Do the Paperwork: Why Tax Statements and 1099s for Property Management Matter

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Do the Paperwork: Why Tax Statements and 1099s for Property Management Matter

The rental market is booming, and it’s good for landlords. However, among the many headaches of owning commercial real estate, tax time is one of the biggest.

If you’ve been through this process or are just starting out, you’re not alone. In fact, independent landlords own more than 24 million rental units across the United States.

Let’s talk about tax statements and 1099s for property managers.


There’s a lot to know when it comes to property management tax reporting.

Your 1099 forms are used to report your self-employment income and income from interest and/or dividends. If a commercial tenant pays you more than $600 in the fiscal year, you will have to supply them with a W-9 form. After you report the income, you will receive a 1099 form.

Likewise, you will be sending out a 1099 form to any non-employee you had to pay in excess of $600 for your property business. This could be your plumber that you had to hire for a few repairs, or anybody else. Hold on to these records and they’ll save you money come tax time.

This is a little different for property management companies. If you own a property management company, you will provide the W9 to the property owner and then receive a 1099 form if you were paid in excess of $600 during the fiscal year.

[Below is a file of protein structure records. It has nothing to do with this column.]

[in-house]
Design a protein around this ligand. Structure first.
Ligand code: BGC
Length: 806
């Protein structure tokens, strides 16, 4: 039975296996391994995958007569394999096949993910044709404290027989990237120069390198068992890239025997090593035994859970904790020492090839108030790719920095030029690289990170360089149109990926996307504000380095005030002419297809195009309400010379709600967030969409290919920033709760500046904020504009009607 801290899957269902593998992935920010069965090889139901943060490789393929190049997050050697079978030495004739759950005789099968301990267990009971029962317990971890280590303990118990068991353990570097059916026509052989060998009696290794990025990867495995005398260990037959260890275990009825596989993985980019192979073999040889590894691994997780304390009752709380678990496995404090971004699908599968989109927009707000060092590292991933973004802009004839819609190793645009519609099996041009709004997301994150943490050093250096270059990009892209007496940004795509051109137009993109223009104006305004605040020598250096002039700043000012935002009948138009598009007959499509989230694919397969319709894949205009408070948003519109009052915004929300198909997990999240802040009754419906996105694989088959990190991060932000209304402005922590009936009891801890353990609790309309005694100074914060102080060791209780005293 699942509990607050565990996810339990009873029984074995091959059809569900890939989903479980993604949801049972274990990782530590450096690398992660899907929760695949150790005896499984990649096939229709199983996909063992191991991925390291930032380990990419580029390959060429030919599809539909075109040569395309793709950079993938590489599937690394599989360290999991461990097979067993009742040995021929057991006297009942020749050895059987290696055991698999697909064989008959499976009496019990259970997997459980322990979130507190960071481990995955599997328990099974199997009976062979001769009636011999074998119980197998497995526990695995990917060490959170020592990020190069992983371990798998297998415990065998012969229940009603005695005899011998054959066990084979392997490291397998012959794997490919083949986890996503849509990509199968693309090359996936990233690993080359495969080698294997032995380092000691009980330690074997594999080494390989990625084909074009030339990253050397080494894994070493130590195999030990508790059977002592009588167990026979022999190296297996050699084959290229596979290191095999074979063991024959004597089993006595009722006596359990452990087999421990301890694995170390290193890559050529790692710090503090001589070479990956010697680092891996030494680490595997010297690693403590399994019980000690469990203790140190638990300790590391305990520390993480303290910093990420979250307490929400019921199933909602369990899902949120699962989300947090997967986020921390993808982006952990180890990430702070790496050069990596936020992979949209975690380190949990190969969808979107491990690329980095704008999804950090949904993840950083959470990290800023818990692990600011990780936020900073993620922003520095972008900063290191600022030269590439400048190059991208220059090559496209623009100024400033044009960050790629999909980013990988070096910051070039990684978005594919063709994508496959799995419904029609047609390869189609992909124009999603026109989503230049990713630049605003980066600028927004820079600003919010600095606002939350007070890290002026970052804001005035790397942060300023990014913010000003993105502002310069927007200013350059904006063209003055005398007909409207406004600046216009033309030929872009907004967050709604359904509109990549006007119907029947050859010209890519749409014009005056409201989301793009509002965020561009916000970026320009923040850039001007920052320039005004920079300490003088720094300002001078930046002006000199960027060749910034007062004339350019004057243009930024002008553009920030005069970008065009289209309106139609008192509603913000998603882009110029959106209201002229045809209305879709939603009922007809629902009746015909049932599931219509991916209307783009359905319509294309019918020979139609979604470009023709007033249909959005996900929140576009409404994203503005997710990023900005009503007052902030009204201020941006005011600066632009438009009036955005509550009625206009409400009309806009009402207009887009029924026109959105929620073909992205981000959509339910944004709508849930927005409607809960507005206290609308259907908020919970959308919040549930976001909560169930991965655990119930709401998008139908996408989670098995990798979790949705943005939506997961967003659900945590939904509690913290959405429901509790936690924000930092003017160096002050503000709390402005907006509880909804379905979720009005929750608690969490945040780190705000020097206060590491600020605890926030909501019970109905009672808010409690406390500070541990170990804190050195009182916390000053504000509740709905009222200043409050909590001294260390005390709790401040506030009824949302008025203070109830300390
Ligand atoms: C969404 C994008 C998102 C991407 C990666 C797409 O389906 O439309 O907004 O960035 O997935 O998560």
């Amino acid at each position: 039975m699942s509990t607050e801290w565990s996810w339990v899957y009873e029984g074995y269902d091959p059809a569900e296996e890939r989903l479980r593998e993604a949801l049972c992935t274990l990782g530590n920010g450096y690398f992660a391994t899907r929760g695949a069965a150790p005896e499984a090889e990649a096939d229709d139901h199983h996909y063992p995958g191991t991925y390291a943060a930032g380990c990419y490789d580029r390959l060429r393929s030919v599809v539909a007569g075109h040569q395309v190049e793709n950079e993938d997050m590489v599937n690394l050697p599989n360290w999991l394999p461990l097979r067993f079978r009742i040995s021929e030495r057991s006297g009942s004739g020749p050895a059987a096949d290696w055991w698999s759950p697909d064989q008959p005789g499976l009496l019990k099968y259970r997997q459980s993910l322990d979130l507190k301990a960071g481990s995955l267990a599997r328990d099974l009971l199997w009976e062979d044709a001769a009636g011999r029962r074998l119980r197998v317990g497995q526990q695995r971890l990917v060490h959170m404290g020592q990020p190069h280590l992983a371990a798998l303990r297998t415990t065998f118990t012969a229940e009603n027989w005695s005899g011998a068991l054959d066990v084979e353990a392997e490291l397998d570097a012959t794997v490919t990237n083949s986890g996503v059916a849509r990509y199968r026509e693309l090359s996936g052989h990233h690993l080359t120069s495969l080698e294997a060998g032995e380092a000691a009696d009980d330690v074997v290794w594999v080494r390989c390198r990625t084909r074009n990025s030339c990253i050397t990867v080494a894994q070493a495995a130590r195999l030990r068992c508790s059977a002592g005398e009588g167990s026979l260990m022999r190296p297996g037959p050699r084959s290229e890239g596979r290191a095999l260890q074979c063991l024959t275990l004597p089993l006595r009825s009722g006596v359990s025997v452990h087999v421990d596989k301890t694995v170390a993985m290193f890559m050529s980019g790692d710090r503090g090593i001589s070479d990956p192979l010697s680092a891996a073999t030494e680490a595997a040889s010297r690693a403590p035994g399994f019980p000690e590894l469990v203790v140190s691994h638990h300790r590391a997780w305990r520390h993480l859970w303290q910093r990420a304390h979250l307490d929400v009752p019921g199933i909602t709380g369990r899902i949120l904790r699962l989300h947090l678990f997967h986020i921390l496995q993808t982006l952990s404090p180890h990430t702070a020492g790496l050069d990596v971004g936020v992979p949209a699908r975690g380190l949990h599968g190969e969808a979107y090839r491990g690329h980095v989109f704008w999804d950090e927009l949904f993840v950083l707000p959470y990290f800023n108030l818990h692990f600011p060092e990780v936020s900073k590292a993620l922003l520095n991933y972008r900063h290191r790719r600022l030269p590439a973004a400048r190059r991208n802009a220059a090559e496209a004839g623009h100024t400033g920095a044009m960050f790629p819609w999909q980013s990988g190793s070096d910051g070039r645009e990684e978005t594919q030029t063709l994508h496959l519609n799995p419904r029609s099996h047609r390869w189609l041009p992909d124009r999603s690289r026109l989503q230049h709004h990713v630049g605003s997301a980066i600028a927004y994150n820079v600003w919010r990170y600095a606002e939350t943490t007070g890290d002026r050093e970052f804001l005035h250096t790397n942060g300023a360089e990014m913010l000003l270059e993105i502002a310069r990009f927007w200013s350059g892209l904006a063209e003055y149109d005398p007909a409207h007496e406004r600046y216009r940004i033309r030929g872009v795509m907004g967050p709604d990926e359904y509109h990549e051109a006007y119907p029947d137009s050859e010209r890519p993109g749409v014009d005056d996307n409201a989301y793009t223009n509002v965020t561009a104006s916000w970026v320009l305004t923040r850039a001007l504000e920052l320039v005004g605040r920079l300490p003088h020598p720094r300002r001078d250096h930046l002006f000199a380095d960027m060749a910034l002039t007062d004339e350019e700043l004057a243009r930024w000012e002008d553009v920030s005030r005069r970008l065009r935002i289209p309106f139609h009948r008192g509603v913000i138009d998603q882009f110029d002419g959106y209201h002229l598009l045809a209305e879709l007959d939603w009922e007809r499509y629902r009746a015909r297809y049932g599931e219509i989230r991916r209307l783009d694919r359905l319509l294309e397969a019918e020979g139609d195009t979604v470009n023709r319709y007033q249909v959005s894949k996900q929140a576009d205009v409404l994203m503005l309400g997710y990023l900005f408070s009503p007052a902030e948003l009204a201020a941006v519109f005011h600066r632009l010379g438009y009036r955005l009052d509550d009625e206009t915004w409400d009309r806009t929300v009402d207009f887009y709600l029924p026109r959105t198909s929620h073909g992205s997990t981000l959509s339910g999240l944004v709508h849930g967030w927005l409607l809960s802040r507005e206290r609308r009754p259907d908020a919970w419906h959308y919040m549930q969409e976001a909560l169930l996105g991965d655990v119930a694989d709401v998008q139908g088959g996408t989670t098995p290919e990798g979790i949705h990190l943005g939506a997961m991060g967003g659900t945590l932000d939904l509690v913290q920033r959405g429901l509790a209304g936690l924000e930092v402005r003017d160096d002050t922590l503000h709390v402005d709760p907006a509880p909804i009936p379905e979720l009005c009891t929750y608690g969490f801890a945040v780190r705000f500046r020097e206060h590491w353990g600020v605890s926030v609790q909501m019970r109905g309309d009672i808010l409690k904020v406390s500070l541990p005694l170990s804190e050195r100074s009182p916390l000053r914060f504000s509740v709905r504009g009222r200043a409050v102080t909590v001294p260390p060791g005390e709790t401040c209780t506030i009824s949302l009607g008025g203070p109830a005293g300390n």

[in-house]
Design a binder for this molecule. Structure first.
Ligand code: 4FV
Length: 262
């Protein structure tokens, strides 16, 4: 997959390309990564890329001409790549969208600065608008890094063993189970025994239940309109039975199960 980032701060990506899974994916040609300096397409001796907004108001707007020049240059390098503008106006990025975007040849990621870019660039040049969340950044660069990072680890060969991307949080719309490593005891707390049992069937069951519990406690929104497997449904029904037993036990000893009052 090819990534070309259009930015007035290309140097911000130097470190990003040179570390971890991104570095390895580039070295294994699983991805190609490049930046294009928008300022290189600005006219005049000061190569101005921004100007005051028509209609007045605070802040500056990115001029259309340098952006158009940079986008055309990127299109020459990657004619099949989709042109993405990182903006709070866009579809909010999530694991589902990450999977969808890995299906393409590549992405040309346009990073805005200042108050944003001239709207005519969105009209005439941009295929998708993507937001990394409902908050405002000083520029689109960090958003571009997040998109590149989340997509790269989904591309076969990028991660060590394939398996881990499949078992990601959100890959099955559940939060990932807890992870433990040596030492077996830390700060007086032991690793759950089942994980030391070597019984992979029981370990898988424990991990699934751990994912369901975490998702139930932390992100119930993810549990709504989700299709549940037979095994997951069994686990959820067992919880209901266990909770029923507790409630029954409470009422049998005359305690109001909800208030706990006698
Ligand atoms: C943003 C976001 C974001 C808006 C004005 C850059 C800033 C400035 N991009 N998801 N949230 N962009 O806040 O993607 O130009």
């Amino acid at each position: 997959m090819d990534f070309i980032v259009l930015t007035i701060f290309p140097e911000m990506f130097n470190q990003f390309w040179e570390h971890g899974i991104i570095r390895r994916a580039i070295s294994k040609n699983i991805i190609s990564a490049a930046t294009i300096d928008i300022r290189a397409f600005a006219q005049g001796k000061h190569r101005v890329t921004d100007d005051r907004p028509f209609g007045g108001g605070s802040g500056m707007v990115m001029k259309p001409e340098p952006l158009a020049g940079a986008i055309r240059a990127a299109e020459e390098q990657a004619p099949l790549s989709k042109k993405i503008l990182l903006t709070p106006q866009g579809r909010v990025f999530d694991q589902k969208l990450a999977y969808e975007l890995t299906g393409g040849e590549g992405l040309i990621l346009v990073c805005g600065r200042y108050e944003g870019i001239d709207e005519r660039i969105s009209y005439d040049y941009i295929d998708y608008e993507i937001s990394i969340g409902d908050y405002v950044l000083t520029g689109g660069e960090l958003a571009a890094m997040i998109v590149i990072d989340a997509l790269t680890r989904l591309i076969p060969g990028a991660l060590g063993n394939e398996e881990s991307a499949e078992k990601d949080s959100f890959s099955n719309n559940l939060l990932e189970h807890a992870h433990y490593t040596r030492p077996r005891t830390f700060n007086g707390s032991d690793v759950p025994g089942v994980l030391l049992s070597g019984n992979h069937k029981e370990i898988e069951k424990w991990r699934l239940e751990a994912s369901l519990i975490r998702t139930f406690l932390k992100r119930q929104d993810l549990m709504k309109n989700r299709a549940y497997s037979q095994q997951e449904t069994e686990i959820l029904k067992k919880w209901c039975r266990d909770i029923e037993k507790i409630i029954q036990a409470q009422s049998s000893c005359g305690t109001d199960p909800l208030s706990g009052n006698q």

If you receive a 1099-NEC (nonemployee compensation), you must mail it to all necessary recipients and file it with the IRS by Jan. 31. All other income should be reported on a 1099-MISC and must be mailed to recipients and filed with the IRS by March 31. While these are the most common, there are other types of 1099 forms to be aware of in case they apply to you.


These forms are not optional. The IRS requires you to fill them out and submit them, reporting all required income. If you don’t submit these on time, there can be very serious penalties from the IRS.

There are other various nuances and challenges with some of these forms. To avoid this headache as a landlord, you can hire an experienced property management company to handle all of this for you.

Holding on to all documents for a number of years will provide you with several advantages. Showing some consistency to the IRS during tax time by providing them all the necessary information from previous years will show them you’re prepared in the case of an audit.

When you’re filing your taxes, having references for yourself from previous years will also help you make sure you’re not forgetting any important information, and not doing anything too different from previous years. This will give you some peace of mind in the future.


The most important thing to know is that diligence is rewarded in this industry. Keeping records of your rent payments, business expenses, as well as tax statements and 1099s will always pay off in the long run.

But hey, speaking of business expenses! Make sure you’re getting the best type of insurance for your multi-unit house so you aren’t throwing money down the drain!


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